This past week, a friend of mine posted a picture of Haselnuss-Kranz on her Facebook page and it looked delicious. It’s a German dessert made of a sweet shortcrust rolled around a sweetened hazelnut filling and rolled into a ring. Living as close to Oregon as we do, we’re huge hazelnut fans, so I sought to find the recipe. What I found is that it is so German, English language recipes are difficult to find. Finally, I found a recipe by Nigella Lawson, which I began to fiddle with. Nigella’s recipe is written in grams – easy with a kitchen scale but a little more difficult if you you don’t have one. I used my kitchen scale for exact measurements, but I’ve converted here for your ease (and Americanized the recipe slightly).
German Hazelnut Ring
- 2 cups flour
- 2 tsp baking powder
- 3/4 cups sugar
- 1 tbsp. vanilla
- 1 egg
- 2 tbsp. milk
- 1 stick butter, very cold and cut into cubes
- 1-1/2 cups hazelnuts, finely ground
- 1/2 tsp. almond extract
- 4 tbsp. evaporated milk
- 3/4 cup sugar
- 1 egg white
- 1 egg yolk
- 1 tbsp. evaporated milk
- Preheat the oven to 350 degrees.
- Sift flour, sugar, and baking powder into the bowl of a food processor.
- Add butter and liquids, sprinkling evenly over the top of the ingredients.
- Pulse the food processor for 10 one-second pulses until mixture resembles wet sand
- Pour mixture onto a clean surface (I use a Silpat) and pull it together in a ball, kneading a few times to make sure mixture is smooth.
- Refrigerate the dough wrapped in plastic for 20 minutes.
- Meanwhile, grind hazelnuts finely in the food processor with ten one second pulses.
- Pour hazelnuts in a bowl with remaining filling ingredients and mix well.
- Roll short crust into a rectangular shape that is about 11″ x 15″.
- Spread filling over pastry and roll the pastry length-wise.
- Shape pastry into a ring and place on a parchment paper lined cookie sheet.
- Mix together glaze and spread over top of ring.
- Using a knife, score the pastry with X or star shapes in several spots.
- Bake for 45 minutes until golden brown.
I believe the reason so many avoid baking pies is this: pie crust can be a pain in the behind. It’s hard to make it pretty and flaky – and sometimes the two seem mutually exclusive. In fact, if I have to opt for one of the other, I’m always going with flaky over pretty. I’d rather have an ugly pie that tastes good than one that looks gorgeous but has a crust like shoe leather.
The reason these two goals often seem mutually exclusive is this: the more you work with pie crust dough, the tougher it gets. Working the dough binds the glutens, resulting in a tougher pastry. Most pastries are the exact opposite of breads. With bread, you want to work the dough as much as possible to toughen up the gluten and bind it together. That’s why you knead bread dough. With pies, you want to create little bits of fat within loosely bound flour. That way, when the fat melts during the baking process, it leaves air pockets that produce flakes.
You can really use any pie dough recipe – I use Cook’s Illustrated’s recipes. What is important is that you follow a few procedures to make the dough just as flaky as possible.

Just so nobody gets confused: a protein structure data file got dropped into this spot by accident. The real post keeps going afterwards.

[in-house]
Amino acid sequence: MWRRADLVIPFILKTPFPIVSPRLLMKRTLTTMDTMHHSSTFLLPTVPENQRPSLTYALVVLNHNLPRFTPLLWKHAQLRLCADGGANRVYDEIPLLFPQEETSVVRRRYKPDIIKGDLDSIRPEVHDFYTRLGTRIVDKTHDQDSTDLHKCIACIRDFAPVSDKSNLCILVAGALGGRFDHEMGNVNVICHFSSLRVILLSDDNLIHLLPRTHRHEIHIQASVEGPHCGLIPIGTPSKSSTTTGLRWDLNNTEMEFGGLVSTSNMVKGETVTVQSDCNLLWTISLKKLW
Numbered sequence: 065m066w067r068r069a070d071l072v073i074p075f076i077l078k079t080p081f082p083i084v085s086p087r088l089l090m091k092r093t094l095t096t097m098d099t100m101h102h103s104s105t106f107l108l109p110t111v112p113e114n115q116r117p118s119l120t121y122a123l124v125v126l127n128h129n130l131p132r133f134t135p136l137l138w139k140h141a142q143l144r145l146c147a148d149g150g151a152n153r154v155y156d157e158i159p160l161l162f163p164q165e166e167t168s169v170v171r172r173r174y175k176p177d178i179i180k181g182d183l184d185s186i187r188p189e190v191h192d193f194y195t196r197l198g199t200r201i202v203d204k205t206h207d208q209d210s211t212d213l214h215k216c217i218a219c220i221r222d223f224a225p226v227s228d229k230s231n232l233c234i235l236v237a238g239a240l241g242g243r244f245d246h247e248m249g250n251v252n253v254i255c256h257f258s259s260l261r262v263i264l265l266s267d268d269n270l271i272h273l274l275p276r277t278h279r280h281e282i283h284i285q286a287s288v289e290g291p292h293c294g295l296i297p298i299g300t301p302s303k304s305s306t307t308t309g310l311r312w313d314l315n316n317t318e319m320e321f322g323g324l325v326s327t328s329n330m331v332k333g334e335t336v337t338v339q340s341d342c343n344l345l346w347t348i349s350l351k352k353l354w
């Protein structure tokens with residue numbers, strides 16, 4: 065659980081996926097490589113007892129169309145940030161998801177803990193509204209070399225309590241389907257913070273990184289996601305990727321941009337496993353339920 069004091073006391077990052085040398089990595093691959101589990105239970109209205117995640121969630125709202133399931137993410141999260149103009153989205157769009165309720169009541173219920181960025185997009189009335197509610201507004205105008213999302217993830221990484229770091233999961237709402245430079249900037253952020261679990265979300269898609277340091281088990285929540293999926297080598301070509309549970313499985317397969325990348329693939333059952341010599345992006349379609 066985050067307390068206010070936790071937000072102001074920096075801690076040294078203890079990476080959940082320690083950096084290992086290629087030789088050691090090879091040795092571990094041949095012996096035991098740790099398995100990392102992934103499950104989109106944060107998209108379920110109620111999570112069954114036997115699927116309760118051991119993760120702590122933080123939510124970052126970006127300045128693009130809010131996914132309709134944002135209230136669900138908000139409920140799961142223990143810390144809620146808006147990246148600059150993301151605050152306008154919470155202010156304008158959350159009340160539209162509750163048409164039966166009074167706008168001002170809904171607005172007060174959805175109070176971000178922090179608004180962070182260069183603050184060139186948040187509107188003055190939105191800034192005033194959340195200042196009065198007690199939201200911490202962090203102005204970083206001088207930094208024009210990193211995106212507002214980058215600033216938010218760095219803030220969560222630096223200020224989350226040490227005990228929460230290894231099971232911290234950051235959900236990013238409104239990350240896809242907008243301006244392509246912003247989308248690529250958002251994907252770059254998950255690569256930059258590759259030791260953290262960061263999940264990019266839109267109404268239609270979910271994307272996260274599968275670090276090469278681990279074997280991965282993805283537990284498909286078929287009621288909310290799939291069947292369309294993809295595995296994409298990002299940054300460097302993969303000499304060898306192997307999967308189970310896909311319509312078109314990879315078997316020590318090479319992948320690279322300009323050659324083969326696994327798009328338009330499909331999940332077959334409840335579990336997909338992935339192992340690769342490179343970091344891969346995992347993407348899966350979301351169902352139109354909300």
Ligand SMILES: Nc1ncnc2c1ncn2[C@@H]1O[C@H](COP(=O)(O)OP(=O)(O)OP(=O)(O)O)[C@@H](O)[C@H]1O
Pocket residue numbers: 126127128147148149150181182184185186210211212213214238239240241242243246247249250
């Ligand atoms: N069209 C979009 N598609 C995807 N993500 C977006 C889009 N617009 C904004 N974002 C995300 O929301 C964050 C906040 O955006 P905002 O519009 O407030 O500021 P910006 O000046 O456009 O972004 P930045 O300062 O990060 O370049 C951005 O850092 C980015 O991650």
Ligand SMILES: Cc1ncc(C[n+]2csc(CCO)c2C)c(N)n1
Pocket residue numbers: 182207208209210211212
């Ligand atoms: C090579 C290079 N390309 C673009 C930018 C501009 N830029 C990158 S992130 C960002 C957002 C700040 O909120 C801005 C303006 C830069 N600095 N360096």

- Handle the dough minimally. Roll it only once. Don’t re-roll it, or you will toughen it up. Likewise, only stir enough to bring the dough together. To do this, I combine butter and dry ingredients in the food processor, pulsing a few times to create a sandy mixture. Then, I pour that mixture in a small bowl and sprinkle water over the top – just enough to bring the mixture together. I lightly mix it with a rubber spatula until it forms a loose, shaggy ball, adding more water only if I need it. Your dough should not appear homogenous – just together.
- Use very cold butter, and cut it into 1/2″ cubes. The colder the butter, the better because this allows it to stay in small clumps within the dough that will melt away and leave flakes.
- Use ice water. This keeps the butter from melting before you bake the pie.
- Before you roll the dough, wrap it in plastic and refrigerate it for about 30 minutes. If you are making a two crust pie, wrap two balls separately. This facilitates ease of rolling. When you remove it from the refrigerator, let it sit for a few minutes to soften slightly.
- Roll the dough out on a very well-floured surface and use a well-floured rolling pin. I use either a Silpat or my Corian countertops, which I meticulously dry before rolling out the dough. I am also a fan of the French style rolling pin because I feel it gives me more control as I roll out my pie crust.
- If your crust breaks apart, rather than re-rolling it, patch it together. In my opinion, better an ugly pie than a tough one! You can always “fix” your ugliness by cutting decorations out of the remaining crust and putting it over the ugliest spots. I do it all the time.
- Don’t forget to cut slits in the top crust to allow steam to escape.
- Re-refrigerate your crust for about 30 min before baking.
Looking for an even more foolproof crust? Try Cook’s Illustrated’s crust that uses vodka for an even flakier pastry!